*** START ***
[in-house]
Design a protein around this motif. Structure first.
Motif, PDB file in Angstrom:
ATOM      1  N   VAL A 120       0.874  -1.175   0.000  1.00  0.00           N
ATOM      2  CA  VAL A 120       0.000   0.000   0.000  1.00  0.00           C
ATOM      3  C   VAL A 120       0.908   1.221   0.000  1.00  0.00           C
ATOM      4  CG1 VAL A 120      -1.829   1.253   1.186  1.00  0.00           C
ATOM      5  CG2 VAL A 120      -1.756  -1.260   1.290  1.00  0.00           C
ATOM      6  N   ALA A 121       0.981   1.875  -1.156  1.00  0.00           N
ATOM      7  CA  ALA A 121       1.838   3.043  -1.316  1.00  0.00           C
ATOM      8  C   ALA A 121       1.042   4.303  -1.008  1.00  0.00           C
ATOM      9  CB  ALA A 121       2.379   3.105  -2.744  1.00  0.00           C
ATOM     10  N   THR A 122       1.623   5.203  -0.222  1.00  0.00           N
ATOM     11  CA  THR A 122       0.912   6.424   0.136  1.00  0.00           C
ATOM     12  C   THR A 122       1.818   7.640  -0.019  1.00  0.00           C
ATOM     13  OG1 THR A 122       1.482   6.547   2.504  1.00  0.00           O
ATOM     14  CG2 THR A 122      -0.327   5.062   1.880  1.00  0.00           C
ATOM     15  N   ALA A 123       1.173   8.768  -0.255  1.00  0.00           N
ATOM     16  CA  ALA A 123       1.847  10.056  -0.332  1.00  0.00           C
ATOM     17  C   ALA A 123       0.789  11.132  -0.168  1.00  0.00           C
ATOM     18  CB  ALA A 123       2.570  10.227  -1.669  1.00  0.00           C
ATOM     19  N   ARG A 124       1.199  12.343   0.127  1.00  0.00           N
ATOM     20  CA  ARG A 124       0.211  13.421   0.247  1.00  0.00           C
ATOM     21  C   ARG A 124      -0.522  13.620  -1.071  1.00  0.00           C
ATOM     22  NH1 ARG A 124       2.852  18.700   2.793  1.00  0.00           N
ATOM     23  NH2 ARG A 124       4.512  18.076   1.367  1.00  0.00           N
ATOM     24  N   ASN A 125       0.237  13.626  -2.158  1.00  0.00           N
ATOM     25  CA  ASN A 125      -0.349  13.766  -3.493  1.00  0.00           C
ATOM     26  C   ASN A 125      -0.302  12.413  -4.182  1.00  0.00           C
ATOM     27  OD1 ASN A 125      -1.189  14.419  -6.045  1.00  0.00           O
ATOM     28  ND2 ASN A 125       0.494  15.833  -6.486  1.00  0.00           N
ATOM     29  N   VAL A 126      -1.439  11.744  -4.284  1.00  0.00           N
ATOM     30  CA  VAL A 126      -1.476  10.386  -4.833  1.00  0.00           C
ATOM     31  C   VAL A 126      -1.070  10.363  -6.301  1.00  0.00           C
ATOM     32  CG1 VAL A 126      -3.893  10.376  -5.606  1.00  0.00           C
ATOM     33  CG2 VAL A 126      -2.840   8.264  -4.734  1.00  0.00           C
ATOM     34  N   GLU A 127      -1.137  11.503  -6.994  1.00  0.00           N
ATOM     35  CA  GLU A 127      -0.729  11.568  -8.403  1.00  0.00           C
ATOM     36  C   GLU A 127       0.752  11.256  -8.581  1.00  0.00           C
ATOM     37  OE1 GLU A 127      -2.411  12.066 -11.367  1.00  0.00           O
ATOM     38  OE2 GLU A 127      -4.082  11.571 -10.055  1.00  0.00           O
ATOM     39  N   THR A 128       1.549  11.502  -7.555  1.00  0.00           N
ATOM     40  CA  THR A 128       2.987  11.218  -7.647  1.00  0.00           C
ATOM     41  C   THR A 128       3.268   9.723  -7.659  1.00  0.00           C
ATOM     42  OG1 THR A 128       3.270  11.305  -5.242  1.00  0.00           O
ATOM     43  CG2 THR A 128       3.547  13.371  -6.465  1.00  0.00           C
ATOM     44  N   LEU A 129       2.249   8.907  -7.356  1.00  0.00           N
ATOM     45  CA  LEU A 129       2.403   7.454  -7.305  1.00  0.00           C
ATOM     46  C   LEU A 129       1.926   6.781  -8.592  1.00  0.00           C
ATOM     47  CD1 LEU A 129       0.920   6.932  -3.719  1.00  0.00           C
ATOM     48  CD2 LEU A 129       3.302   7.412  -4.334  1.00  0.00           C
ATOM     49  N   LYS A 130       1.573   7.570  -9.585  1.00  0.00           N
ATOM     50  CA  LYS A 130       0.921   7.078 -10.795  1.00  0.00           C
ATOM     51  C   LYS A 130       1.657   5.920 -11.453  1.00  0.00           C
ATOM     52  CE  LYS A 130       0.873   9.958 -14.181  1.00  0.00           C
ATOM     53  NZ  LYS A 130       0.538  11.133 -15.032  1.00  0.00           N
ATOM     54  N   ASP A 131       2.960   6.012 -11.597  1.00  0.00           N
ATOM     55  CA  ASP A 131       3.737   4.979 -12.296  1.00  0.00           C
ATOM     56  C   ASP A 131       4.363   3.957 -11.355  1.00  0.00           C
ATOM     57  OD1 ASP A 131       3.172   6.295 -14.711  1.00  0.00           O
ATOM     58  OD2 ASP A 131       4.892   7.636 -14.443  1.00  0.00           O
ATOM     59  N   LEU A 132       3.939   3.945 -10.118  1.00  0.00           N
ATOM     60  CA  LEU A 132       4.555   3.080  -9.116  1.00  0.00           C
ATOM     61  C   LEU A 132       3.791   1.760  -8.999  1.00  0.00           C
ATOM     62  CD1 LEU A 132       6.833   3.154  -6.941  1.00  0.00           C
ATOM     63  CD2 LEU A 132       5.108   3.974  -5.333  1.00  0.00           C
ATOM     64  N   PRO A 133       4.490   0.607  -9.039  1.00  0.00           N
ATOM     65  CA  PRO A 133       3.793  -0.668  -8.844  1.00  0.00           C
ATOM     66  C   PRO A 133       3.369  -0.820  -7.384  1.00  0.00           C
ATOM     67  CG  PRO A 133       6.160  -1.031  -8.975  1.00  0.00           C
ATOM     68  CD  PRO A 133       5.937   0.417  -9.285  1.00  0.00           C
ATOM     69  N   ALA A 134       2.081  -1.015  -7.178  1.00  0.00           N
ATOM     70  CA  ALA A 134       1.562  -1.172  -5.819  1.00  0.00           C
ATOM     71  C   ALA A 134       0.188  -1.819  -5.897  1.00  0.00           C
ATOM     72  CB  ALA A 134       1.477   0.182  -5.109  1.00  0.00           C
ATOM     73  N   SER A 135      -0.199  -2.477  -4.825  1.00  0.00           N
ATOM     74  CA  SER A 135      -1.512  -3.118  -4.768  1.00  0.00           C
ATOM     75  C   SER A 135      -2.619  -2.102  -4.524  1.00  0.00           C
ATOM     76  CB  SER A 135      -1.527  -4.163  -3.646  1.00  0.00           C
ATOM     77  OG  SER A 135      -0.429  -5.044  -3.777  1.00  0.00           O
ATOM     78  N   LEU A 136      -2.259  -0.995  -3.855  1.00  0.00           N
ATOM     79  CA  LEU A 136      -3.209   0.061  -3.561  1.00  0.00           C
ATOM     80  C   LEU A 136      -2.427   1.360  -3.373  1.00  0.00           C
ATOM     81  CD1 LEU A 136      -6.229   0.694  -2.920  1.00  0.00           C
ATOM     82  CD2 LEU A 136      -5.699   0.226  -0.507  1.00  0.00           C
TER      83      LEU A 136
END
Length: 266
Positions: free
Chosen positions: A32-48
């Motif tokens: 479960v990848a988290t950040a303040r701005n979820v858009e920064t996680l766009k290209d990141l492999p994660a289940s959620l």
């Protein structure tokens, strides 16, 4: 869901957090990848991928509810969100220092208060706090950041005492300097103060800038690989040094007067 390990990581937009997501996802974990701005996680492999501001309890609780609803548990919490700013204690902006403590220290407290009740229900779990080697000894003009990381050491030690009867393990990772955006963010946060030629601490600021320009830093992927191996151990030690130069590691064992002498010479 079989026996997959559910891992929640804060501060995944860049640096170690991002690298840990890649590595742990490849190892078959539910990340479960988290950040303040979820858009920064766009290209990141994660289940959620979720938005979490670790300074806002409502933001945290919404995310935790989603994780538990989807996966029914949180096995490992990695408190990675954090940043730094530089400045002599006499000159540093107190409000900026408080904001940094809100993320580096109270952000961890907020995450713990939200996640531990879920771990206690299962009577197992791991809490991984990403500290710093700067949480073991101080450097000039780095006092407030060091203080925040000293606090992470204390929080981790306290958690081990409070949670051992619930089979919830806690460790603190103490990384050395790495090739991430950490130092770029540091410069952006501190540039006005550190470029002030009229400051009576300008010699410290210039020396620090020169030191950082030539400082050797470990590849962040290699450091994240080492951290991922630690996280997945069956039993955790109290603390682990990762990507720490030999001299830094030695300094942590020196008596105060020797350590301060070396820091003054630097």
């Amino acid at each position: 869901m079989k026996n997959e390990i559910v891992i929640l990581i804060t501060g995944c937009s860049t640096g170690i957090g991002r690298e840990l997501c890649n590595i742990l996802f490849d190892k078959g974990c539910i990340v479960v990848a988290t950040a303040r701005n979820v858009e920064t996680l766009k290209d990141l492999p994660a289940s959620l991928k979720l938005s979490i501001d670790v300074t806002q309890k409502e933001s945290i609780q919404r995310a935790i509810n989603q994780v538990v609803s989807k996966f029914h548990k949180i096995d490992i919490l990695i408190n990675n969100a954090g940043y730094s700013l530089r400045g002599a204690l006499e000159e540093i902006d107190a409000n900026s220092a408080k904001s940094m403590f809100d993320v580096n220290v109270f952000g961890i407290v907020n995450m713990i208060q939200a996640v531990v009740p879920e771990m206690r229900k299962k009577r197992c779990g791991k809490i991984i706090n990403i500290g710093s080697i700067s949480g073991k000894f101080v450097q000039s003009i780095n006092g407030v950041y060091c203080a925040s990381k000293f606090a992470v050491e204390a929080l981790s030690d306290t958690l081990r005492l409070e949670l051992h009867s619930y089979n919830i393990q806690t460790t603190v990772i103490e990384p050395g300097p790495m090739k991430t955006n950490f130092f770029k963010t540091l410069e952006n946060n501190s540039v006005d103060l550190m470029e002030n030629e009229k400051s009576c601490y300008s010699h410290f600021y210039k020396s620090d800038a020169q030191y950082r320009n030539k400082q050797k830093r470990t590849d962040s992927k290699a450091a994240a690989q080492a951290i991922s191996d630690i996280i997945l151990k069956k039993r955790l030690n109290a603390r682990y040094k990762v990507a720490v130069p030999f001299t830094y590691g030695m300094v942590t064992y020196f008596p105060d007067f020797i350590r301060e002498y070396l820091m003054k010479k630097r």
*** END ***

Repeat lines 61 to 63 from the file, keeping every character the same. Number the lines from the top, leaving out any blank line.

ATOM     58  OD2 ASP A 131       4.892   7.636 -14.443  1.00  0.00           O
ATOM     59  N   LEU A 132       3.939   3.945 -10.118  1.00  0.00           N
ATOM     60  CA  LEU A 132       4.555   3.080  -9.116  1.00  0.00           C